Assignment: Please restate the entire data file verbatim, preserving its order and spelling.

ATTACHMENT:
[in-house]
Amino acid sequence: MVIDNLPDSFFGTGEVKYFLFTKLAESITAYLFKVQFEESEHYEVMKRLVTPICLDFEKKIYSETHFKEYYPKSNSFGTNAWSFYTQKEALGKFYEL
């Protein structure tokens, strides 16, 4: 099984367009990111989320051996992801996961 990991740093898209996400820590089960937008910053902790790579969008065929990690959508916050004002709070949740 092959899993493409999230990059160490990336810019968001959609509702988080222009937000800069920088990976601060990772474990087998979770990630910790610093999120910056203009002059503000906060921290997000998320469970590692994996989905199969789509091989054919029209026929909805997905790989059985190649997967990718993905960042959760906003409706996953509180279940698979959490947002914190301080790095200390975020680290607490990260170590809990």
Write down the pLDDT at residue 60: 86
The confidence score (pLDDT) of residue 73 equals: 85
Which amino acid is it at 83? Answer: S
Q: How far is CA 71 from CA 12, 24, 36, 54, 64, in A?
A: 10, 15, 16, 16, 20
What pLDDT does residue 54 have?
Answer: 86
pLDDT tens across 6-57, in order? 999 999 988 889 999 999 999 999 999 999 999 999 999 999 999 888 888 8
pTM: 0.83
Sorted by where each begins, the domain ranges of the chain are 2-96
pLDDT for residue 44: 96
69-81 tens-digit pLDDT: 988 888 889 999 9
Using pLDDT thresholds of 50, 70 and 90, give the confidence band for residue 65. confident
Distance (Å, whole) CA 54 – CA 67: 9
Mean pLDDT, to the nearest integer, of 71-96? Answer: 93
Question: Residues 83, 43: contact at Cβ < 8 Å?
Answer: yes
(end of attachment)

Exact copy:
[in-house]
Amino acid sequence: MVIDNLPDSFFGTGEVKYFLFTKLAESITAYLFKVQFEESEHYEVMKRLVTPICLDFEKKIYSETHFKEYYPKSNSFGTNAWSFYTQKEALGKFYEL
């Protein structure tokens, strides 16, 4: 099984367009990111989320051996992801996961 990991740093898209996400820590089960937008910053902790790579969008065929990690959508916050004002709070949740 092959899993493409999230990059160490990336810019968001959609509702988080222009937000800069920088990976601060990772474990087998979770990630910790610093999120910056203009002059503000906060921290997000998320469970590692994996989905199969789509091989054919029209026929909805997905790989059985190649997967990718993905960042959760906003409706996953509180279940698979959490947002914190301080790095200390975020680290607490990260170590809990």
Write down the pLDDT at residue 60: 86
The confidence score (pLDDT) of residue 73 equals: 85
Which amino acid is it at 83? Answer: S
Q: How far is CA 71 from CA 12, 24, 36, 54, 64, in A?
A: 10, 15, 16, 16, 20
What pLDDT does residue 54 have?
Answer: 86
pLDDT tens across 6-57, in order? 999 999 988 889 999 999 999 999 999 999 999 999 999 999 999 888 888 8
pTM: 0.83
Sorted by where each begins, the domain ranges of the chain are 2-96
pLDDT for residue 44: 96
69-81 tens-digit pLDDT: 988 888 889 999 9
Using pLDDT thresholds of 50, 70 and 90, give the confidence band for residue 65. confident
Distance (Å, whole) CA 54 – CA 67: 9
Mean pLDDT, to the nearest integer, of 71-96? Answer: 93
Question: Residues 83, 43: contact at Cβ < 8 Å?
Answer: yes